Digital endpoints and patient engagement  

In order to select meaningful digital endpoints, early and often patient engagement is key to ensure the measure is meaningful to patients and the DHT is also patient friendly and not adding burden. Therefore, stakeholders are stimulated by regulators to have a patient focus but often a well-defined action plan for patient engagement is not present. This comes with a risk for stakeholders to create digital versions of outdated or non-meaningful assessments and generate diminished DHT tools that are not fit for purpose[3], burdensome, and decrease both quality and effectiveness in clinical care and research.

Thus, it is critical to safeguard the development of digital health measures with high-quality and a patient-centric and fit for purpose approach. Particularly, how can we guarantee that effective digital measures are created to detect important alterations in patients’ everyday lives?[4],[5]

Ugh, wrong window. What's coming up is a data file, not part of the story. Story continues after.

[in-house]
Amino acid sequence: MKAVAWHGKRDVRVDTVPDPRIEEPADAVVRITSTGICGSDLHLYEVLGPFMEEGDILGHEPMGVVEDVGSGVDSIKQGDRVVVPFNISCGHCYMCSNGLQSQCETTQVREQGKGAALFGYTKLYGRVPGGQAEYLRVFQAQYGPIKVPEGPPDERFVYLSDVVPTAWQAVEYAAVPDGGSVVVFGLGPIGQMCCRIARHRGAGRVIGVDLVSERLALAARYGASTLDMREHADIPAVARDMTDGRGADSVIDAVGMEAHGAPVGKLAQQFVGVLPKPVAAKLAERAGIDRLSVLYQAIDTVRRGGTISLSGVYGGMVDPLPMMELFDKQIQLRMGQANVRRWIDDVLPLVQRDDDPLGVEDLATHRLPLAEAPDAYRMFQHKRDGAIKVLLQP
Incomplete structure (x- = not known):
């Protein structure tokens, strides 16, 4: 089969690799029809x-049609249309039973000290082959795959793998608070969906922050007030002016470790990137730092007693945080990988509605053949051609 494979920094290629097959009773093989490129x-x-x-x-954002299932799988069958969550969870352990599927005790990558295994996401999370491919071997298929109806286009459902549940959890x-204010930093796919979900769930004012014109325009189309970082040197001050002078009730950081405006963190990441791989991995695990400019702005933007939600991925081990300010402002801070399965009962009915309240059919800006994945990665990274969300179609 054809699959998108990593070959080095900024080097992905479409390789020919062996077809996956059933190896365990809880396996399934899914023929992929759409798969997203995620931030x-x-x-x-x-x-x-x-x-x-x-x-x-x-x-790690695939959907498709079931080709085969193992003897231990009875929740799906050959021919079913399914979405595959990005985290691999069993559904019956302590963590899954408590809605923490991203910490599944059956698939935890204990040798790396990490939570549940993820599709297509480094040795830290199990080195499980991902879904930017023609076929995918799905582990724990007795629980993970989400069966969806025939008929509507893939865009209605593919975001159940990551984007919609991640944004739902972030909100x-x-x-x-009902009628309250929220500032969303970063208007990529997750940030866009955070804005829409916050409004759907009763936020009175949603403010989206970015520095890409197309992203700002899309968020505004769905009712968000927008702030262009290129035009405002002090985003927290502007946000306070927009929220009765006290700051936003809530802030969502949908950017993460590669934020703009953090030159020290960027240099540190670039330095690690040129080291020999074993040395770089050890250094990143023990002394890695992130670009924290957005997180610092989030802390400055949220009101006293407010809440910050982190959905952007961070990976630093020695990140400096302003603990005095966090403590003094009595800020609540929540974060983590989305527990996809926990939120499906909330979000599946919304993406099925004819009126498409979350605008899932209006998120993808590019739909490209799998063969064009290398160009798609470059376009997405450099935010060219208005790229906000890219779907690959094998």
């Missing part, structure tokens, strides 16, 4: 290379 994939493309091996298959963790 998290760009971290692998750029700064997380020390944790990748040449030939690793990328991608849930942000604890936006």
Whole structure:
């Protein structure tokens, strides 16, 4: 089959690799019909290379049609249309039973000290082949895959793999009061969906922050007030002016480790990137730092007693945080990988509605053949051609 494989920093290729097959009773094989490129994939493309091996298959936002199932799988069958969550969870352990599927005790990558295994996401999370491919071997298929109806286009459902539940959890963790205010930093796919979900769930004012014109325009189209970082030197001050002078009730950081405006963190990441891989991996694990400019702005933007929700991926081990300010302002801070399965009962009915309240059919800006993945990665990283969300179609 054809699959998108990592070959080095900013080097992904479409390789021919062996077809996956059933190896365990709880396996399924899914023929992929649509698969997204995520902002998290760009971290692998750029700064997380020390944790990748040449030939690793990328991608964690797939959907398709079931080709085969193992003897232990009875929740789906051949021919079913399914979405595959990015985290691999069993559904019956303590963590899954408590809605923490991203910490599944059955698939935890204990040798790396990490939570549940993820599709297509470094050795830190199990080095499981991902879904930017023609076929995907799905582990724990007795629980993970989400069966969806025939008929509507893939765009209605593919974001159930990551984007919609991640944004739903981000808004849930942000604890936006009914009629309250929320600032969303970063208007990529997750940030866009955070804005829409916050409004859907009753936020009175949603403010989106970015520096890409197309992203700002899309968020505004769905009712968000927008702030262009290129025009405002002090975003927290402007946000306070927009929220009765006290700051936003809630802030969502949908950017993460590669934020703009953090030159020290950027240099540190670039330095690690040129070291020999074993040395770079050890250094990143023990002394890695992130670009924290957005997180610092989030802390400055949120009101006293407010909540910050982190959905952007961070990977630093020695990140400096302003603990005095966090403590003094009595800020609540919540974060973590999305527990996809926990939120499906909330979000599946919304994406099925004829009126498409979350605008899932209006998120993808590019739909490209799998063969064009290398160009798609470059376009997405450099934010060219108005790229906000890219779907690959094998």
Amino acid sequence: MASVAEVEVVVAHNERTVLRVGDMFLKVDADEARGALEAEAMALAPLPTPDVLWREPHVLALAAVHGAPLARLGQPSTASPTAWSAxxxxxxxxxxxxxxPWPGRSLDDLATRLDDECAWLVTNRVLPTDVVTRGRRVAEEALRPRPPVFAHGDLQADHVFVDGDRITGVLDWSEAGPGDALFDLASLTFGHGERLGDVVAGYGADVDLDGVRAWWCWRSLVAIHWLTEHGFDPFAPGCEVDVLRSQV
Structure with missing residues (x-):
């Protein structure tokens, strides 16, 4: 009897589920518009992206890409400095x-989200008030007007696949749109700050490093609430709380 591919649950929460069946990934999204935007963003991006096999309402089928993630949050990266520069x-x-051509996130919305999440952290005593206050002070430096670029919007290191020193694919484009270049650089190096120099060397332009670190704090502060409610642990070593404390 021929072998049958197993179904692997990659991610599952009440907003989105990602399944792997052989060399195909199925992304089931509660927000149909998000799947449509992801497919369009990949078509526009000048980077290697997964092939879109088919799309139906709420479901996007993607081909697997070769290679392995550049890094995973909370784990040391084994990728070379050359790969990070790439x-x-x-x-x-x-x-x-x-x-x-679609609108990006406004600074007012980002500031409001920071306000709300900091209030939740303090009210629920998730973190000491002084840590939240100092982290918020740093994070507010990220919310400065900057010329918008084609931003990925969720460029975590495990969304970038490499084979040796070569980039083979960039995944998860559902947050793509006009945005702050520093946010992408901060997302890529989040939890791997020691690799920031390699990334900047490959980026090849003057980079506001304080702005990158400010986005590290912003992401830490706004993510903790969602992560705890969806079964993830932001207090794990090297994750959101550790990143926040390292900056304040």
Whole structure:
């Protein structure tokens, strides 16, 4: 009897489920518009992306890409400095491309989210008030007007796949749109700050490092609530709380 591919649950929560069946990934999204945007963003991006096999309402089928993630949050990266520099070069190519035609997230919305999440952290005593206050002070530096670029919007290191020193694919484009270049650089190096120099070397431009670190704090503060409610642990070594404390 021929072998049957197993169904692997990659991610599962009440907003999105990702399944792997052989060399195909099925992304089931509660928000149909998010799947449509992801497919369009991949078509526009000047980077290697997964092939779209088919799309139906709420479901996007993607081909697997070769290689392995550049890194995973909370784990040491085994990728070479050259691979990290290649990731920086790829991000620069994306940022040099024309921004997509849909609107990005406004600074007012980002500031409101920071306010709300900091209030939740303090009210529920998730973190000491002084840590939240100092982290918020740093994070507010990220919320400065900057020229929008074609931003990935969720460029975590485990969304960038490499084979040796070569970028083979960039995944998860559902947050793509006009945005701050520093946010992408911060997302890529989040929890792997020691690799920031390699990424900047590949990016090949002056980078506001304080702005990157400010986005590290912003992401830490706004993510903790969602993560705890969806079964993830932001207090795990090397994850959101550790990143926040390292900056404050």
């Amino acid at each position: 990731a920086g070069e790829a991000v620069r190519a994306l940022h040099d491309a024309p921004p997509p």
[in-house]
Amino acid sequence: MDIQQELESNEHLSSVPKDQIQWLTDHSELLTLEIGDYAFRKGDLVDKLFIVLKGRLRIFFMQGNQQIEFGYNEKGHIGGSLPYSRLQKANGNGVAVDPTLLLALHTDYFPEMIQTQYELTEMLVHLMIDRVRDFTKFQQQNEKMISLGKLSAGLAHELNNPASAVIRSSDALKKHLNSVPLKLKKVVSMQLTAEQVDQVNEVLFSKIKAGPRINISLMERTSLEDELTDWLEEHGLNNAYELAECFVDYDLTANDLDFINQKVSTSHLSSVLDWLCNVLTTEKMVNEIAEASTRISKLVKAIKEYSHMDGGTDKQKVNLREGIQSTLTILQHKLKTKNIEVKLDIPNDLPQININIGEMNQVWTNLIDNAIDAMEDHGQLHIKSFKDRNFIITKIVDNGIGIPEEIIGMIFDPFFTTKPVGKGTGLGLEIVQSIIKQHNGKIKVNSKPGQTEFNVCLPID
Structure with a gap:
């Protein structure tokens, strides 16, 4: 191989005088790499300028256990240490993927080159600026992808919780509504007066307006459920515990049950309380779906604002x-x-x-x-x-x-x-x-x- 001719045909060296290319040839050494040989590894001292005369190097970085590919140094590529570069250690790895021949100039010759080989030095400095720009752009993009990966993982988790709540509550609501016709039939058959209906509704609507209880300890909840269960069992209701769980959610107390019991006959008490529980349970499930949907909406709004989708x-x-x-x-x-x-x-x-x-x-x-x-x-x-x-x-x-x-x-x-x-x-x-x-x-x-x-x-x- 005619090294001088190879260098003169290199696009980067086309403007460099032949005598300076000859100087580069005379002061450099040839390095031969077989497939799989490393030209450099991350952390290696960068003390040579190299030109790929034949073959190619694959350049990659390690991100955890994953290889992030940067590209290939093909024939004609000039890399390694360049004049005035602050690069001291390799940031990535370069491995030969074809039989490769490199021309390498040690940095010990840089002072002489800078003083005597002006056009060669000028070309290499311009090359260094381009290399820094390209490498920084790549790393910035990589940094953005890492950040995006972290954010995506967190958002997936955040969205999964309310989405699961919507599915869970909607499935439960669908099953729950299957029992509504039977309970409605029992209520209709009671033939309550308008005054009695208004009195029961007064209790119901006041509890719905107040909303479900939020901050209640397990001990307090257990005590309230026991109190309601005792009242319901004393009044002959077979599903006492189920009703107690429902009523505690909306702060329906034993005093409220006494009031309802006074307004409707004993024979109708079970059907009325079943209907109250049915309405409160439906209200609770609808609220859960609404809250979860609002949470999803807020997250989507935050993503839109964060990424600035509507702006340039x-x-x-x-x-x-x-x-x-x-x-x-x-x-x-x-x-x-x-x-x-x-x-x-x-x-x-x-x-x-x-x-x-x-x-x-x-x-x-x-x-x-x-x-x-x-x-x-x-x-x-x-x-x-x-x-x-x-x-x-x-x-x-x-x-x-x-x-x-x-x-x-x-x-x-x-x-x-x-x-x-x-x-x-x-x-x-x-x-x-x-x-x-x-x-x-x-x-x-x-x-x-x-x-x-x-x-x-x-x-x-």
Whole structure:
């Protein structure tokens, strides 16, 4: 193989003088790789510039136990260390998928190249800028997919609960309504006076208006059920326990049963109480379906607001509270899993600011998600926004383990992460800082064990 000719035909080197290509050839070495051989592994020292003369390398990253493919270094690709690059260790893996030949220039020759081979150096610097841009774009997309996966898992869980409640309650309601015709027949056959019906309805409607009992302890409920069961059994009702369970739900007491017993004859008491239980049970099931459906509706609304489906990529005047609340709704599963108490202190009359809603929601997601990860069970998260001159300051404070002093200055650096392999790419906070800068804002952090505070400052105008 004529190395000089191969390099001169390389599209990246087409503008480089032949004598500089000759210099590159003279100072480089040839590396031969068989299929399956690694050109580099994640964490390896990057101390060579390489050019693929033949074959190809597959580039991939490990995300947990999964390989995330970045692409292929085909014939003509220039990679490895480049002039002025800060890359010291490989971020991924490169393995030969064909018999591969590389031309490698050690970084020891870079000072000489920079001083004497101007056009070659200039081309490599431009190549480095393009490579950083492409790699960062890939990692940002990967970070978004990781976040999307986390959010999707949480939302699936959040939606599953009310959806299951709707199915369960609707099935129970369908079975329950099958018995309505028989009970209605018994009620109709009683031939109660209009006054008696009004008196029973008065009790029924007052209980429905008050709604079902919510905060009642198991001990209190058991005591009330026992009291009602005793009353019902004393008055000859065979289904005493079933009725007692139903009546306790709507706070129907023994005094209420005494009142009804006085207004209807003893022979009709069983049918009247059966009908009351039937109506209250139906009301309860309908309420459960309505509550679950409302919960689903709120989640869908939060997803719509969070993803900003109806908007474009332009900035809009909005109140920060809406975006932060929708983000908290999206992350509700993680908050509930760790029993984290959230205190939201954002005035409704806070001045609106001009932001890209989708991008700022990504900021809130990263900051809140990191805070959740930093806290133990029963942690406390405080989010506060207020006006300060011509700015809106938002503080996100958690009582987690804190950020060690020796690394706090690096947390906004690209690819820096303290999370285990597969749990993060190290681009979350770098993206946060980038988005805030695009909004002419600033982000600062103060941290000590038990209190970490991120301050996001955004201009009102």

Digital Evidence Ecosystem and Protocols – DEEP

In order to increase the efficiency in development and acceptance of digital endpoints in research and healthcare, we need to prioritize in identifying and developing measures in areas of unmet measure need, with not-so-gold standards . At this time, there is a wide collection of digital measures in development across therapeutic areas, use cases, and populations leveraging a wide range of technologies; most of them focusing on mobility and around a small number of disease areas. The lack of pre-competitive collaboration in this space can lead to wasted resources, but more importantly to the difficulty of interpretation and comparison of outcomes of trials in one disease area.